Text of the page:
Bridge to Brisbane is almost here, so here’s our top tips for last-minute prep

Every August, Brisbane runners, joggers, and walkers lace up their shoes to partake in Brisbane’s biggest fun run event, Bridge to Brisbane. This event gives participants the opportunity to raise money for a charity they hold close to their heart, whilst also often encouraging participants to get training for the big day. Of course, many enter just for the fun of it, but it’s heartwarming to read stories from those that are raising much-needed funds or got inspired to start their health and fitness journey. 

Whether you fancy the 4.5km or 10km course, or if you want to run, walk, or crawl, this event is for everyone. Plus, you don’t have to go it alone. Bridge to Brisbane allows you to run as part of a team! So, gather a work or community team, or grab your friends and family and have some fun. 

Has Bridge to Brisbane inspired you to undertake some last minute prep for 2022, or to start training for 2023? If so, here are our top tips to get you started. 


Appropriate footwear

Whether you plan on running or walking the Bridge to Brisbane the right pair of shoes is essential to reduce the risk of injury.  A good way to make sure you have the right footwear is to have your shoes professionally fitted. Making sure that the shoe is perfectly fitted to your feet will ensure good stability and support, and reduce the risk of pesky corns and blisters caused from ill-fitting footwear. There are many stores that now offer this service, so accessing the right shoe has never been easier. If you’re going it alone, remember the 3 F’s – Fit, Feel and Function

And, don’t forget to make sure that the shoes you plan on running in are not brand new and have been worn in a little before the event.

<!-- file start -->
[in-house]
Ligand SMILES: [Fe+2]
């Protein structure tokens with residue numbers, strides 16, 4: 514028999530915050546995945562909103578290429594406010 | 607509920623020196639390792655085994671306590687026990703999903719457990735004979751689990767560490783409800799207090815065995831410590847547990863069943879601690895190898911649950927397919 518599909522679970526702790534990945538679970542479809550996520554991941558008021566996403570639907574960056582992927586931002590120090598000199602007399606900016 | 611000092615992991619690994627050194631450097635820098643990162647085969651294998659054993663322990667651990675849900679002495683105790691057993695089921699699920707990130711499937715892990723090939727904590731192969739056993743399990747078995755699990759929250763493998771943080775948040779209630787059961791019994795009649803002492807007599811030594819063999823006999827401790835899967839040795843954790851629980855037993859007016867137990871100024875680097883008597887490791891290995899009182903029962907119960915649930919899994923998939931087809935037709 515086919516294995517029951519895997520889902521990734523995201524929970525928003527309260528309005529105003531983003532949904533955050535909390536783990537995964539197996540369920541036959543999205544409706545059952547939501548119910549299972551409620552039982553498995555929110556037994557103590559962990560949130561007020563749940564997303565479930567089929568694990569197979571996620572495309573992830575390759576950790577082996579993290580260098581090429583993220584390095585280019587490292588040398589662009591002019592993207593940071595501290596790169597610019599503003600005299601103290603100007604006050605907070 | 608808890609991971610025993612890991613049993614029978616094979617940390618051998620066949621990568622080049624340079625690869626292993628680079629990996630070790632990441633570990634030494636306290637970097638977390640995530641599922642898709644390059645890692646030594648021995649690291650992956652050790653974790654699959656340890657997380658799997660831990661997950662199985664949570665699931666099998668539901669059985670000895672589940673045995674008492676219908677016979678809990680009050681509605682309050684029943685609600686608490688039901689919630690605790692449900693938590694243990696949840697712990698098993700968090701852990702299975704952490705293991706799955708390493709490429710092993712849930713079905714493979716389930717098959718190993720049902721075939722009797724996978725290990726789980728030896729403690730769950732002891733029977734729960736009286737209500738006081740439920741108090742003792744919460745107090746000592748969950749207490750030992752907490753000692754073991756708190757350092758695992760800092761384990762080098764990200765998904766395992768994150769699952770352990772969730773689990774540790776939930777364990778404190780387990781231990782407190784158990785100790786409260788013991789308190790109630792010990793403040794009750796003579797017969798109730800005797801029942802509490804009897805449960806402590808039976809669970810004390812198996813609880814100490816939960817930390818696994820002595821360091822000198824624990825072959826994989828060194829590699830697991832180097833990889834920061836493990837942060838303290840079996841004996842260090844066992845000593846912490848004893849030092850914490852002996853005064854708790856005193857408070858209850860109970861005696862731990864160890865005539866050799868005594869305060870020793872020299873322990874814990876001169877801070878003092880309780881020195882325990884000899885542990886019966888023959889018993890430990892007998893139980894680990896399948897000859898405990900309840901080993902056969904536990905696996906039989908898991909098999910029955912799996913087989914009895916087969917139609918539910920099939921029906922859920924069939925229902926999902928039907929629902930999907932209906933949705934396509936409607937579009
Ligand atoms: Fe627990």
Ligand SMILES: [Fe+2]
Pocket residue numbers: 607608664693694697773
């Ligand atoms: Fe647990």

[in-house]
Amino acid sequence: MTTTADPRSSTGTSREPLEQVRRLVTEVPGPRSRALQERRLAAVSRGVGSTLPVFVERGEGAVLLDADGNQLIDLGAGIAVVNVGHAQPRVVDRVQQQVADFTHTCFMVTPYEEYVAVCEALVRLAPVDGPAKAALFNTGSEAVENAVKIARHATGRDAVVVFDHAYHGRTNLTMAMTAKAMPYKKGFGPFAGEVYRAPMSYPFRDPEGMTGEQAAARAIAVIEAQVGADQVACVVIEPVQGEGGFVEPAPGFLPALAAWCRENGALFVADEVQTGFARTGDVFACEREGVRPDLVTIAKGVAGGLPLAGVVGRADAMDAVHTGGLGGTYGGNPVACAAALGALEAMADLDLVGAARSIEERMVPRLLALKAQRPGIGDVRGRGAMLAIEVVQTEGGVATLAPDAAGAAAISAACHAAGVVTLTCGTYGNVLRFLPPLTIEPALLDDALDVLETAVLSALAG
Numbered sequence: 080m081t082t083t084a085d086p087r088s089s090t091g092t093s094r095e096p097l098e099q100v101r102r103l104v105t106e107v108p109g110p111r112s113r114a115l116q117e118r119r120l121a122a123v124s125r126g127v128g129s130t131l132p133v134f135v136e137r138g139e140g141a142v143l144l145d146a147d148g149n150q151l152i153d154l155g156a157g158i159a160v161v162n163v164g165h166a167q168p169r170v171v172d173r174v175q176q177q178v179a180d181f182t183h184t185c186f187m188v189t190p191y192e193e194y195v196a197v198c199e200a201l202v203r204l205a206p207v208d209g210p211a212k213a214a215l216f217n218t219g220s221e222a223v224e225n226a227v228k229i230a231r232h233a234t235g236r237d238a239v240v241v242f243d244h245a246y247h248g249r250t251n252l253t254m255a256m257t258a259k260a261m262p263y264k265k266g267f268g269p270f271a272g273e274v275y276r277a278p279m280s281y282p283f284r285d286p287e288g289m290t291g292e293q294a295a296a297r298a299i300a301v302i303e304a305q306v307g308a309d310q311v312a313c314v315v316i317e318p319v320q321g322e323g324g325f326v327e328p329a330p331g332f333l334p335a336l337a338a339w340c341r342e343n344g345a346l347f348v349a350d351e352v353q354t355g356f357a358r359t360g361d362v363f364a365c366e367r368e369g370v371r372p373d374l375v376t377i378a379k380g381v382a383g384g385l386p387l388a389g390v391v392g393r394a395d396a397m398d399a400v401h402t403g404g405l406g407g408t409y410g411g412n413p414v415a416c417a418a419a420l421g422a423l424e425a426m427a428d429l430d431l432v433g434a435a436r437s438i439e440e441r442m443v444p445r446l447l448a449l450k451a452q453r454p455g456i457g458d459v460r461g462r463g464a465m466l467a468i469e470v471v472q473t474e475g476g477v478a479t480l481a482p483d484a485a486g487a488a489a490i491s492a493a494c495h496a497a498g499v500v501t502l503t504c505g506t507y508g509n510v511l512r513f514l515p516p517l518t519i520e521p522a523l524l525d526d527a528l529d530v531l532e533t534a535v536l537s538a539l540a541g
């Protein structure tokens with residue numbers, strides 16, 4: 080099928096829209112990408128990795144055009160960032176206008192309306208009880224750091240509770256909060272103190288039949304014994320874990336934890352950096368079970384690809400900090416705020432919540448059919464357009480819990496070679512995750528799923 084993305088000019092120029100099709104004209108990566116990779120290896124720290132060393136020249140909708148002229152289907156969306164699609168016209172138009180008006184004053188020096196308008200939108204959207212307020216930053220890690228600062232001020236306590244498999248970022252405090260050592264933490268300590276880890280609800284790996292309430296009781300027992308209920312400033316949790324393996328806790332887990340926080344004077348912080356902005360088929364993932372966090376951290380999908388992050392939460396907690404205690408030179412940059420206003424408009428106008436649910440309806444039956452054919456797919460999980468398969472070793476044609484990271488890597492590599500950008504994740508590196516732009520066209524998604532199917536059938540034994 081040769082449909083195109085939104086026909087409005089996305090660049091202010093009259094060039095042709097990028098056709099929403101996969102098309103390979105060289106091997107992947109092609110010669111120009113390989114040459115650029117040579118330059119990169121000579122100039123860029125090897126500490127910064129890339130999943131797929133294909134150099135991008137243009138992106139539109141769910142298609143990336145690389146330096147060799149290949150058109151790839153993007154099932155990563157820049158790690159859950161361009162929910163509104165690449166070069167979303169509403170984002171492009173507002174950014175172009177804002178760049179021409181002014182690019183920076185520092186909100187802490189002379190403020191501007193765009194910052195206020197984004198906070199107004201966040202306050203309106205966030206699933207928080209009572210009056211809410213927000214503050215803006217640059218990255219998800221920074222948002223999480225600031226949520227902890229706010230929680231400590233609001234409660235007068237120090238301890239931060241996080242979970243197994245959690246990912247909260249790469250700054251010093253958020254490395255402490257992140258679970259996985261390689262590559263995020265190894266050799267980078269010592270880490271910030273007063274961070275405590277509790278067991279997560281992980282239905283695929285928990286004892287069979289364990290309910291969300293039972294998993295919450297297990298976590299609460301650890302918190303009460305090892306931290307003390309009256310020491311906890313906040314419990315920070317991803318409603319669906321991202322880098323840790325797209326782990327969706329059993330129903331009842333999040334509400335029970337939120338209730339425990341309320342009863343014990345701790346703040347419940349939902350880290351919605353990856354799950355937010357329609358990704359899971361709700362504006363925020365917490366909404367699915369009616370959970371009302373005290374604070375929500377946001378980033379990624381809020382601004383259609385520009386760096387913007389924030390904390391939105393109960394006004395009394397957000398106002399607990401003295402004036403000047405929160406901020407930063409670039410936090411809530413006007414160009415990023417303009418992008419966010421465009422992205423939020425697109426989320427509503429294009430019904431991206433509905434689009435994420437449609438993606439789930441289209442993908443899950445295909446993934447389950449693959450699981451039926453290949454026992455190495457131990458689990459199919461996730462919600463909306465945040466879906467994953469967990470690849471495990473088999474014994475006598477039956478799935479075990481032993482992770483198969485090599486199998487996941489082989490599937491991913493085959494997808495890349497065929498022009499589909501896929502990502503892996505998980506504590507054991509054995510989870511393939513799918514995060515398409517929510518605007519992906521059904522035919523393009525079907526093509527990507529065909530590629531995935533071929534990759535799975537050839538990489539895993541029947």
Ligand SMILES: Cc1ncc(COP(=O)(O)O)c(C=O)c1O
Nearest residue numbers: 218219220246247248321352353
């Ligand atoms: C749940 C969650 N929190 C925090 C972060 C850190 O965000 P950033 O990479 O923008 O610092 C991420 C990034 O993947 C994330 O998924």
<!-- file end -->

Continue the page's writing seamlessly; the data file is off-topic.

Take it Slow 

When beginning your running training it is important to remember to start slow and get your body used to the new strains and stresses of running. Going too hard and fast can result in injury and fatigue meaning you could potentially miss running on the big day! 

The best way to start training is with smaller, slower runs and increase your distance or speed gradually. Start by alternating between 2 minutes of jogging and 2 minutes of walking and gradually start lengthening the running intervals and reducing the walking.

It is important that you do not try to increase distance as well as decrease speed at the same time. Having one goal and getting it right before moving onto the next means injury risk is reduced, as well as enjoyment maximised (because let’s face it, going too hard too fast when it comes to running can turn anyone off the sport!) 


Recovery Time is ESSENTIAL 

You’ve heard it before and now you are about to hear it again, recovery is essential!

Recovery for all training is important! It does n’t matter if you are walking or running the event, there should be days dedicated to recovery. The risk of overtraining can lead to injury and fatigue. 

Recovery looks different for everyone depending on fitness level and enjoyment. If you are a beginner, schedule your training so that you run one day and rest the next. A more experienced runner might prefer a light walk as a form of active recovery. This allows your body to rest while preventing the occurrence of overuse injury, so your body can be at peak performance for your next run.

Optimal training and recovery splits incorporate 2-3 rest days a week. However, if your body is showing signs of fatigue add in another rest day/active recovery session. 

Signs of fatigue may include:

  • Muscles aches and pains 
  • Tiredness/fatigue
  • Mood swings and grump behaviour 


Hydration and Nutrition 

Hydration and nutrition go hand in hand with any fitness activity. Not only after the event to replenish stores, but in the lead up to give your body the best chance at achieving your fitness goals. 

It is known that water is the best hydration source, but if you plan on running the 10km this August keep in mind the benefits of electrolyte drinks and gels to replenish electrolyte stores. 

Remember, carbs are your friend. They provide basic energy to the body when exercising. Like the saying goes, ‘you wouldn’t run your car on empty’! 

Don’t forget to have a good amount of protein before and after the event to aid in muscle building and recovery. This will help reduce the risk of the dreaded delayed onset muscle soreness (DOMS)


Have fun!!! 

Most importantly, HAVE FUN! Bridge to Brisbane is a fantastic event supporting all charities both big and small. The turn out each year is massive and the atmosphere electric, so why not register today! Lets get running Brisbane. For more information on the event head to the Bridge to Brisbane website. 

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